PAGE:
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5 things you must see when walking The Three Lochs Way

5 things you must see when walking The Three Lochs Way
The Three Lochs Way is described as the ‘walking gateway to Argyll & The Isles’ and what a way to arrive! This 34-miles route, one of Scotland’s Great Trails, is a stunning journey through southern Argyll linking Loch Lomond, Gare Loch and Loch Long in four stages. It starts at Balloch on the south west shore of Loch Lomond and finishes at Inveruglas near the top end of the loch. Rarely rising above 250 metres, it can easily be walked in three to four days.

This fabulously diverse route gives a tantalising taste of everything that Argyll has to offer, from tranquil wooded glens to towering peaks to vibrant communities. Gentle landscapes give way to dramatic mountains as the route crosses the Highland Boundary and heads towards the mountains of the Southern Highlands. There are so many natural and historical attractions to see as you traverse this enchanting terrain. Here are five highlights that you must not miss along the way!

1. The epic panorama from Goukhill Muir. On the first section of The Three Lochs Way you’ll be treated to a spectacular elevated views in all directions from the viewpoint at Goukhill Muir. Take a breather and enjoy the sight of Loch Lomond, Ben Lomond and the Highlands stretching out before you.

2. The handsome town of Helensburgh. With broad tree-lined avenues, piers, promenades, shops and eateries, Helensburgh is a fabulous place to explore. Don’t miss Hill House, universally regarded as Charles Rennie Mackintosh’s finest domestic creation. Perfectly restored, much of the house looks almost exactly as it did in 1904 and features a mix of Arts and Crafts, Art Nouveau, Scottish Baronial and Japonisme architecture and design.

3. The craggy ‘Cobbler’. The mountains clustered around the head of Loch Long are known as the Arrochar Alps. They include the famous Ben Arthur, commonly known as the 'Cobbler’ because of its distinctive rugged, rocky summit that’s supposed to look like a cobbler bending over his last. At 884 metres (2,900ft) in height it's only a Corbett, but it’s a hugely impressive sight.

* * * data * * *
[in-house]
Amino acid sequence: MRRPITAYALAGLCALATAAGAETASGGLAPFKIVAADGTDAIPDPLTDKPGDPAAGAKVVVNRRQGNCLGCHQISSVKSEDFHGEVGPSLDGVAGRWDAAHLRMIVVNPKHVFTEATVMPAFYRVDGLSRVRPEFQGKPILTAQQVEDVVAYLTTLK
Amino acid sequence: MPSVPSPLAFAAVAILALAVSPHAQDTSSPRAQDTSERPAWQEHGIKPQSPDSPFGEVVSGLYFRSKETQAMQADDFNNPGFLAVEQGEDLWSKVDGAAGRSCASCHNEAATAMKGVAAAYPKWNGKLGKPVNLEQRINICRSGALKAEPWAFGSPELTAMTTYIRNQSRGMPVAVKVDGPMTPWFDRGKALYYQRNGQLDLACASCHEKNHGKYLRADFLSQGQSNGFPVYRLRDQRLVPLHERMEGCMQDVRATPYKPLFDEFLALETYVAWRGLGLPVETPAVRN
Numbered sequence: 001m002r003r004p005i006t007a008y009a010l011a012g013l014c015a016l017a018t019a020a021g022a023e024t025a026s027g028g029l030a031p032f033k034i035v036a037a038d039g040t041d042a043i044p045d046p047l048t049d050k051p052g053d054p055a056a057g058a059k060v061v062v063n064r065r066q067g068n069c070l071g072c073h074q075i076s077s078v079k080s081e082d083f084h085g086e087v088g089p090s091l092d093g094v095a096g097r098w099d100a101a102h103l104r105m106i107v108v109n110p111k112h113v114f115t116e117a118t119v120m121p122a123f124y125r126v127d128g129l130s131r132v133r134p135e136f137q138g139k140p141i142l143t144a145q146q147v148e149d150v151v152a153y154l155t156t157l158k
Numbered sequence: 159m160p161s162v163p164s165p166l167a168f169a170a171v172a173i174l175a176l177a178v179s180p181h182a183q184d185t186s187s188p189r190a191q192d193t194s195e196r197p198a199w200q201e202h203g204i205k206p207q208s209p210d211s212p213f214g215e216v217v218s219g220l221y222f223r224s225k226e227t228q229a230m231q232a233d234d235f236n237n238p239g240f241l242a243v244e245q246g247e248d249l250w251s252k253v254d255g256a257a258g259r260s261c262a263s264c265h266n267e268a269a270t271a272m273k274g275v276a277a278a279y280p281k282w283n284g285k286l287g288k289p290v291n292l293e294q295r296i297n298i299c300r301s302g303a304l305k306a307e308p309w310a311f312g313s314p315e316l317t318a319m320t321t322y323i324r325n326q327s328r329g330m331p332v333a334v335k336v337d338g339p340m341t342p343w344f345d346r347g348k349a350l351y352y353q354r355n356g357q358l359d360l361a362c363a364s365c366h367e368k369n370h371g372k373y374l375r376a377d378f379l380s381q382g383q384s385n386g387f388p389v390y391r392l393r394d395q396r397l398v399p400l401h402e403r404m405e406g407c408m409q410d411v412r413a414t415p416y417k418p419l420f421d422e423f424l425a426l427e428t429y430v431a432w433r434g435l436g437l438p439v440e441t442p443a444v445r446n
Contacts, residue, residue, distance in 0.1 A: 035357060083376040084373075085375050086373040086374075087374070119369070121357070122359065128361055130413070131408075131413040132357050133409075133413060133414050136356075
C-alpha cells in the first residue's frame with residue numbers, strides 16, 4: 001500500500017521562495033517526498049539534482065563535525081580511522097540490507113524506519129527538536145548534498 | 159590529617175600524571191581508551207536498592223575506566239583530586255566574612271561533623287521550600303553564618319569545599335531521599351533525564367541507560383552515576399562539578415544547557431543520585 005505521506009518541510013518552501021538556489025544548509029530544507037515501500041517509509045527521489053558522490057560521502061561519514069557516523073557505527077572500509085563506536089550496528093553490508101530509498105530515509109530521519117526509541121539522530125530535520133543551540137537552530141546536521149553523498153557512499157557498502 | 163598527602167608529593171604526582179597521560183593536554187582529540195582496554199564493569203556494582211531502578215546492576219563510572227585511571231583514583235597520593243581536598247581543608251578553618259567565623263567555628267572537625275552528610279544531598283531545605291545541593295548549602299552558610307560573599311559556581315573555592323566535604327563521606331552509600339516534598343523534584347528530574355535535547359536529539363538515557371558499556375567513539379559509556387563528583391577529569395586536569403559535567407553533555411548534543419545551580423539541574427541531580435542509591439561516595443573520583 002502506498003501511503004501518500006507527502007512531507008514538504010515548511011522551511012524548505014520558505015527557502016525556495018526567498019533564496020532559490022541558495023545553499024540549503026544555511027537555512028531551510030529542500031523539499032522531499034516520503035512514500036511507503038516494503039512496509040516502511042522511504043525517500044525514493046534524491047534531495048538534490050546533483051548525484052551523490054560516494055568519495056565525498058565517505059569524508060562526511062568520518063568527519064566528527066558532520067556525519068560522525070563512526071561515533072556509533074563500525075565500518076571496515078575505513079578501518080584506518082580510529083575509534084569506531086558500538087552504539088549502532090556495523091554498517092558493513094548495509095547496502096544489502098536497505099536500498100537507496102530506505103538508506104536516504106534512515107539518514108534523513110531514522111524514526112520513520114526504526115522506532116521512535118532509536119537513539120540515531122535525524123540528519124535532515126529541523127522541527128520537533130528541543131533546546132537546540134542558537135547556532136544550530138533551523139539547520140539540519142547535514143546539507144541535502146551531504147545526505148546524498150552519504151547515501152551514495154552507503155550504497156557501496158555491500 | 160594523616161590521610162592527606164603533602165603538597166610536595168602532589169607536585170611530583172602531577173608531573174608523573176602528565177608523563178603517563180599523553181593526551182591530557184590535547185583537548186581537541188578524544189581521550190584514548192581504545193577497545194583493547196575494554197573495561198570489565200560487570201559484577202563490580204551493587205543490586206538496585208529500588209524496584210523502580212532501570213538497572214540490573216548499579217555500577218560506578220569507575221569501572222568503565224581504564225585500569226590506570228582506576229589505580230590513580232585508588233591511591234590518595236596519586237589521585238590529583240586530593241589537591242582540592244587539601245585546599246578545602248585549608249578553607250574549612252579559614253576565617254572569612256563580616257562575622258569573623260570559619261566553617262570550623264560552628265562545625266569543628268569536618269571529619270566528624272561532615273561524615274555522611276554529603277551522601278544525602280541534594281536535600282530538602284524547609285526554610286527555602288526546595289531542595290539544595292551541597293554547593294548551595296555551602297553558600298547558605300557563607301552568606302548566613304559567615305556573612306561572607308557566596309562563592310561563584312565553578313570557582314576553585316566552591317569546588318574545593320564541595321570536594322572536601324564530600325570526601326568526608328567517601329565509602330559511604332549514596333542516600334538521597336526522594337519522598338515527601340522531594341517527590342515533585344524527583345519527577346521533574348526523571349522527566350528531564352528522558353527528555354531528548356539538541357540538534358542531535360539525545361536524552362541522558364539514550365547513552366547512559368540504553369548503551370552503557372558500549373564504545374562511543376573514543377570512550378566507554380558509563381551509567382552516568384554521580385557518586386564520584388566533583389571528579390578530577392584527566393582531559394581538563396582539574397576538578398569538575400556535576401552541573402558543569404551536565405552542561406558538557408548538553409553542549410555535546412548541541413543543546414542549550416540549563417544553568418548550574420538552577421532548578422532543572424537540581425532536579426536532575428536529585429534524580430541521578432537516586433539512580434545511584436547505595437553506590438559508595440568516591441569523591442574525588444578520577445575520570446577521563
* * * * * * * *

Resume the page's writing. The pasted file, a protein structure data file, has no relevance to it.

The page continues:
4. The delightful Glen Loin woodlands. This wonderful native wood near Arrochar offers fabulous walking. It’s a Site of Special Scientific Interest and home to a huge variety of flora and fauna, including red squirrels. It’s particularly lovely in spring.

5. The impressive Sloy Power Station and Dam. At the end of your walk check out this fantastic feat of engineering. Giant pipes run down from Ben Vorlich driving the turbines of the Sloy Hydro-Electric Power Station. It was officially opened in 1950 and built with help from German POWs. The Loch Sloy Dam, which supplies water to the power station via a tunnel right under Ben Vorlich, is a 6km detour that’s well worth the effort.

Getting there
There’s a railway station at the start and end of each section, except at the very end at Inveruglas where there is only a bus stop.

Extend your trip
The Three Lochs Way joins with the Cowal Way at Arrochar. Cross Loch Lomond by ferry from Inveruglas to join the West Highland Way and return to Balloch using the John Muir Way to complete a journey around the south end of the loch.

Find out more about things to see and do in Loch Lomond & Helensburgh.

Photos by John Urquhart - Loch Lomond Guides

Visit: threelochsway.co.uk
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Loch Lomond from Goukhill Muir by Photos by John Urquhart - Loch Lomond Guides Stoneymollan Road above Balloch by John Urquhart - Loch Lomond GuidesView to Helensburgh Photos by John Urquhart - Loch Lomond Guides
The Cobbler Photos by John Urquhart - Loch Lomond GuidesSloy Power Station Photos by John Urquhart - Loch Lomond GuidesHill House Helensburgh
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